This quantitative correlational study was conducted to examine the relationship between physical and mental stress, financial stability, employment status, and marital relationship problems experienced by female caregivers residing in Fayetteville, North Carolina, who were caring for disabled family members. More specifically, this research examined how the level of care provided to the disabled family member contributed to caregiver stress. In contrast, the relationship between physical and mental stress, financial stability, employment status, and marital relationship problems among formal (paid) and informal (nonpaid) caregivers among many different geographic locations throughout the United States and in other countries characterizes the previous research reported in the literature. The extant literature contains little research conducted among female caregivers in Fayetteville, North Carolina, who provided in-home care for a disabled family member. Convenience sampling was used to recruit 29 female caregivers residing in Fayetteville, North Carolina, who met study inclusion criteria. Study participants volunteered to provide data on how the level of care provided to the disabled family member contributed to their experience of stress. Study data were collected using a primary caregiver survey and three assessment tools: the Caregiver Reaction Assessment (CRA), the State-Trait Anxiety Inventory (STAI), and the Burden Scale for Family Caregivers (BSFC). Study results showed that there was a statistically significant correlation between the level of care and physical and mental stressors.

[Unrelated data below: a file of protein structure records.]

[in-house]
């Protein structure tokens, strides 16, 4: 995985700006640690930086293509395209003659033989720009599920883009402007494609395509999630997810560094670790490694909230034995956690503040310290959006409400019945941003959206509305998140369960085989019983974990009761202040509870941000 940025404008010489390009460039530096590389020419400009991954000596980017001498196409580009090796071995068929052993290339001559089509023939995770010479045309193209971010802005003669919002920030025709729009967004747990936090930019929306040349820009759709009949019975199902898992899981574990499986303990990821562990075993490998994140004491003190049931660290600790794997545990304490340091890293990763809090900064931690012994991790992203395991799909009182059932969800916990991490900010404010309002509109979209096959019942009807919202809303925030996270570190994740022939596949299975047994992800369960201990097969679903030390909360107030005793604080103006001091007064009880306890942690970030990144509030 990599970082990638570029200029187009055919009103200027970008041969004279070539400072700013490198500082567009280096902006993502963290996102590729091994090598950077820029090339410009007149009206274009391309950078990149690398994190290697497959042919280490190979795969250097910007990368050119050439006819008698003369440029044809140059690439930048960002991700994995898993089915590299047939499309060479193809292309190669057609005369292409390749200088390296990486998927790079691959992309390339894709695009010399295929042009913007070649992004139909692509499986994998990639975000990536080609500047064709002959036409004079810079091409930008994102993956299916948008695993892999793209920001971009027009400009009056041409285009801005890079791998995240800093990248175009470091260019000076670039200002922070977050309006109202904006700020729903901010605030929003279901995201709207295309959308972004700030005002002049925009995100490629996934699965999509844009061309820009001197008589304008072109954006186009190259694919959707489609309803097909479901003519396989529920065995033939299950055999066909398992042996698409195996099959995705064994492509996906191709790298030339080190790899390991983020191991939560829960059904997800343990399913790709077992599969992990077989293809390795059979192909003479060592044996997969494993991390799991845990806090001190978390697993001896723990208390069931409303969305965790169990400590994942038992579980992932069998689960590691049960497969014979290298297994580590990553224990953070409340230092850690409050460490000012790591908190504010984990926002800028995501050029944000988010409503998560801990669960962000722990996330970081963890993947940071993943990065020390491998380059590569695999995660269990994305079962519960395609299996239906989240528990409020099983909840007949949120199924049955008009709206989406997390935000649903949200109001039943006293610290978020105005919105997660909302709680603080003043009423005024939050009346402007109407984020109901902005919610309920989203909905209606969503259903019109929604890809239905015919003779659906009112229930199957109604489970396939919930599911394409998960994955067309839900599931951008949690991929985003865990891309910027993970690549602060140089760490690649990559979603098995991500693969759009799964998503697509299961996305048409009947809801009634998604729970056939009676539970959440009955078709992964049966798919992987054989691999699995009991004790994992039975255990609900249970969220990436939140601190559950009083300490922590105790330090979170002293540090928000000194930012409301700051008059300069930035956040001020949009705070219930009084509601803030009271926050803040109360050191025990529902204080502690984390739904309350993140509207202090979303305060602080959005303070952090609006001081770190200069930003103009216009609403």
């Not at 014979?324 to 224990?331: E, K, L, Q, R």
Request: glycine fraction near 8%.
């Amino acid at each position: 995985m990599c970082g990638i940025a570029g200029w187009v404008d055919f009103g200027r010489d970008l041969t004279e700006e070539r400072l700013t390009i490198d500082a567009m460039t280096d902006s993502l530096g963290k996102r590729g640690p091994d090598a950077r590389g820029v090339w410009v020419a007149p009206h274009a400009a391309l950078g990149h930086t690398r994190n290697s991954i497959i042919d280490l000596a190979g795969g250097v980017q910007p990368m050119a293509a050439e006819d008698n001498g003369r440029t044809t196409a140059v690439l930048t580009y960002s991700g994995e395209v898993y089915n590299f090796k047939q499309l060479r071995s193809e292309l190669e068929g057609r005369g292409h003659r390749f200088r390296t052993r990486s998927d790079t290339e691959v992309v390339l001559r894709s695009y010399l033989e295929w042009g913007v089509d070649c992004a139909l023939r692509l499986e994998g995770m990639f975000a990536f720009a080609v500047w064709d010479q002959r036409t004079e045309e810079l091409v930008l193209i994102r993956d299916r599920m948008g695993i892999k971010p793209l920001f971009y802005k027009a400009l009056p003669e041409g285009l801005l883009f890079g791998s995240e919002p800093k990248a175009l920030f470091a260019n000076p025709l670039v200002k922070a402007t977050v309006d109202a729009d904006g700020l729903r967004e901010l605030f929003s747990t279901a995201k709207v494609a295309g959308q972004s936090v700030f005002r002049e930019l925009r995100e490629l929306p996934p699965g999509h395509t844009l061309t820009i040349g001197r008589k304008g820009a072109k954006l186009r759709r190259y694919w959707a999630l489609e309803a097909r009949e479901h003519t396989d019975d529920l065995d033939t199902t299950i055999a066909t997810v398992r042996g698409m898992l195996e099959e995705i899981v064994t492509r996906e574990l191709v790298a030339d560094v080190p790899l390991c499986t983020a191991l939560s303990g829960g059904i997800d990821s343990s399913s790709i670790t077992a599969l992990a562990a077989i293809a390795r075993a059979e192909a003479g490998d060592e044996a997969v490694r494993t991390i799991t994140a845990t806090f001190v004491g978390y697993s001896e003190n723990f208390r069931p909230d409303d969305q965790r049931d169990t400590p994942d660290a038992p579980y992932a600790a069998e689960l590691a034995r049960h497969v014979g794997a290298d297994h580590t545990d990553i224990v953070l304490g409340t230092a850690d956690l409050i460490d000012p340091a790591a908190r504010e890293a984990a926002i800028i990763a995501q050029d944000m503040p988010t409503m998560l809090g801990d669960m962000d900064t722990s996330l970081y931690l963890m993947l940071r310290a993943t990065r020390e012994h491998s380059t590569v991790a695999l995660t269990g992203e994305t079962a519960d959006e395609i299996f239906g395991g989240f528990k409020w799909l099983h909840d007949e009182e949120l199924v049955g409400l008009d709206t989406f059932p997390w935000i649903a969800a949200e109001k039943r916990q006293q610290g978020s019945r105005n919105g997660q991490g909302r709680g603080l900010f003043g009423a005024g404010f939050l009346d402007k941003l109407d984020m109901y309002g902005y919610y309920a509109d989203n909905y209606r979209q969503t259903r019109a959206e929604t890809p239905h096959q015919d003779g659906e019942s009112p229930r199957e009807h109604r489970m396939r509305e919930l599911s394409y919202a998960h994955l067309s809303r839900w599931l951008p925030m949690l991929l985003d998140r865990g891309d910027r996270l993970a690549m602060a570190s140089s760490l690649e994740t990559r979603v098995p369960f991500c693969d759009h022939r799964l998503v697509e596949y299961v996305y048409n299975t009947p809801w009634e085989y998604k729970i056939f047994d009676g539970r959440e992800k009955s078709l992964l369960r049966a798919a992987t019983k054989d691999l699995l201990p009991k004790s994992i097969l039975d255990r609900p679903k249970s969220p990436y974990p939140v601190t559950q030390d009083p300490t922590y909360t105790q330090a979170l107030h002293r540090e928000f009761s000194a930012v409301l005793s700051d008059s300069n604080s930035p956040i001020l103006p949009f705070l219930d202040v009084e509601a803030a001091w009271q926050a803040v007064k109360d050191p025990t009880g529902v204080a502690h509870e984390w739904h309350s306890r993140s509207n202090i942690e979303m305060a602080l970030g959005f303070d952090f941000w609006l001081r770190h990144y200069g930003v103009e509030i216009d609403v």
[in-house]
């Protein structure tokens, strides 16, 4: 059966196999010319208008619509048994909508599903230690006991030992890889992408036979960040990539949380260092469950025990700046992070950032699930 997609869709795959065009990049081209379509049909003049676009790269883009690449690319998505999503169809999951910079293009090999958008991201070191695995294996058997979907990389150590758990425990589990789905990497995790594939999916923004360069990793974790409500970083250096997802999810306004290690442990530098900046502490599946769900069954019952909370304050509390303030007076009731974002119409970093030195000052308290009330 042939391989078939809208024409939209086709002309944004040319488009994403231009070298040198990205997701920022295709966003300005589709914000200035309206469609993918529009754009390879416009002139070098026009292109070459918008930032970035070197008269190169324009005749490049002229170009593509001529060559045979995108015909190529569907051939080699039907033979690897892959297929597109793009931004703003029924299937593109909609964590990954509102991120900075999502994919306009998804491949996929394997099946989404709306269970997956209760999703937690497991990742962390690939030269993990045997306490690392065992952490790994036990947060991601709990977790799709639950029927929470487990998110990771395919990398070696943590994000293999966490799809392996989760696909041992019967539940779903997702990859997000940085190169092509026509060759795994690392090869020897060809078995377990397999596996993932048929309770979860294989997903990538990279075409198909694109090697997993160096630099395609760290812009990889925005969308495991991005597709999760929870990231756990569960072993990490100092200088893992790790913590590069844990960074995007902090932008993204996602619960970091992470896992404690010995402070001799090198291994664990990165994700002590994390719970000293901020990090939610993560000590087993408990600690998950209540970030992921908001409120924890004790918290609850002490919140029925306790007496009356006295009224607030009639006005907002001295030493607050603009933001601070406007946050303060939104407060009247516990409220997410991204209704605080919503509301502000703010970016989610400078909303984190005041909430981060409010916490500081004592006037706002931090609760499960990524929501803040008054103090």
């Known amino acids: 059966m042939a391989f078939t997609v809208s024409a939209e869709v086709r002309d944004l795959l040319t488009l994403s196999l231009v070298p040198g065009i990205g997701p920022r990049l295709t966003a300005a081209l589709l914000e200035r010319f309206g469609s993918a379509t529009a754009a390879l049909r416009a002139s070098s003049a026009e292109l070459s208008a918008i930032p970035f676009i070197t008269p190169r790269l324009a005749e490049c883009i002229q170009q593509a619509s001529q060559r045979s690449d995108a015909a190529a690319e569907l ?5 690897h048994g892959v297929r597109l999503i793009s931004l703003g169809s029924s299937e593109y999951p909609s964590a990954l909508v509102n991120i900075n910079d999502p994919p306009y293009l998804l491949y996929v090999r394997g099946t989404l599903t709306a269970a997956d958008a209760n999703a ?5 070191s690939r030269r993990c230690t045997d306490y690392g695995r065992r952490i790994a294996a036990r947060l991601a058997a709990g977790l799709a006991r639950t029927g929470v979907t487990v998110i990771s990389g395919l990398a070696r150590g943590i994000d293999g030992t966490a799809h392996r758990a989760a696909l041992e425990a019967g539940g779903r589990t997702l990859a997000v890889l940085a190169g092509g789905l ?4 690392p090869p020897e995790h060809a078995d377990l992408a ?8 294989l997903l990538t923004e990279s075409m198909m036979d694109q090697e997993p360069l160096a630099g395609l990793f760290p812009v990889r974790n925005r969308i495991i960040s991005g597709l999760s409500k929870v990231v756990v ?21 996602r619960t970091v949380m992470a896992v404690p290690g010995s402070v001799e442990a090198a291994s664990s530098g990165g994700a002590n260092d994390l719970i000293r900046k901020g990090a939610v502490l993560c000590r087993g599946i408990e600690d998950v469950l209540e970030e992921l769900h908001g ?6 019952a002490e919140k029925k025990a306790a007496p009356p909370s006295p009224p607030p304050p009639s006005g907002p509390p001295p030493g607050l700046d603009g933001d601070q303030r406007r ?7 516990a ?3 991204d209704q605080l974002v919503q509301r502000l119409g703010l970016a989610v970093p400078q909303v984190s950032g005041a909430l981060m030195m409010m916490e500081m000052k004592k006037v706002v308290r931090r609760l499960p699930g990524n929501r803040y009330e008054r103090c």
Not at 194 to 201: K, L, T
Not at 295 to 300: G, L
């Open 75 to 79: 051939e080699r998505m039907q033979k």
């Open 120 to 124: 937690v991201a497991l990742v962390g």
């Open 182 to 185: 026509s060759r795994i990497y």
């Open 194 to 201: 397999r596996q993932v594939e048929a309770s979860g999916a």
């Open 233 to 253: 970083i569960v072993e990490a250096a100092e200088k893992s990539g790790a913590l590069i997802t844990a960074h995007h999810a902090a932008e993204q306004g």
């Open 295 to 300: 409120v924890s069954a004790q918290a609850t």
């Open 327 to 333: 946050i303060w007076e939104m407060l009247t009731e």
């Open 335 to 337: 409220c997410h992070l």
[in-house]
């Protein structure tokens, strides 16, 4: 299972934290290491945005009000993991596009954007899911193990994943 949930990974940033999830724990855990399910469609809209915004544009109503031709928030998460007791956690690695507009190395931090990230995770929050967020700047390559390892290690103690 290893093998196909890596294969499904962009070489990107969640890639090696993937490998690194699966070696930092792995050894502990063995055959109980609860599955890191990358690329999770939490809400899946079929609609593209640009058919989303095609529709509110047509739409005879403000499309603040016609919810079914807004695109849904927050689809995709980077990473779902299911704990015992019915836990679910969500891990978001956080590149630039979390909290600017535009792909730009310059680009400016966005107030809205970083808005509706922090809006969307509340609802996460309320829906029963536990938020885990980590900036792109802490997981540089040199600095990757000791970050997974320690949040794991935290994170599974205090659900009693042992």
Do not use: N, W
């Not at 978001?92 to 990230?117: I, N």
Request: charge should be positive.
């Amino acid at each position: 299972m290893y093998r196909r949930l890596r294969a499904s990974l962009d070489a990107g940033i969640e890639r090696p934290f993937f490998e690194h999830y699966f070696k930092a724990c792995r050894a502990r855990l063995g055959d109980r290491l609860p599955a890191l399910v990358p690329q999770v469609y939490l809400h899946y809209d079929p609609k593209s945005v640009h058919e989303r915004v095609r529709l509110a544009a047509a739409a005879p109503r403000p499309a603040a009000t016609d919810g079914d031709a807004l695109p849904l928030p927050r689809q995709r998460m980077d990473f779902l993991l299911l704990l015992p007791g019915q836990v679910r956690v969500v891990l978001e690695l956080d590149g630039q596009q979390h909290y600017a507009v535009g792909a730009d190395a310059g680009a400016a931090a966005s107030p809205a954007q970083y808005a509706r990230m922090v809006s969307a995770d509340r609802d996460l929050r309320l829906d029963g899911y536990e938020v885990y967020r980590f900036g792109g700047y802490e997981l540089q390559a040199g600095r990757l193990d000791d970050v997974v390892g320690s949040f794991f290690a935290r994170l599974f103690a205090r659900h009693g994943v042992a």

|School:||The University of the Rockies|
|School Location:||United States -- Colorado|
|Source:||DAI-B 80/03(E), Dissertation Abstracts International|
|Subjects:||Behavioral psychology, Womens studies, Individual & family studies|
|Keywords:||Caregiver, Level of care, Stressors, Support systems|
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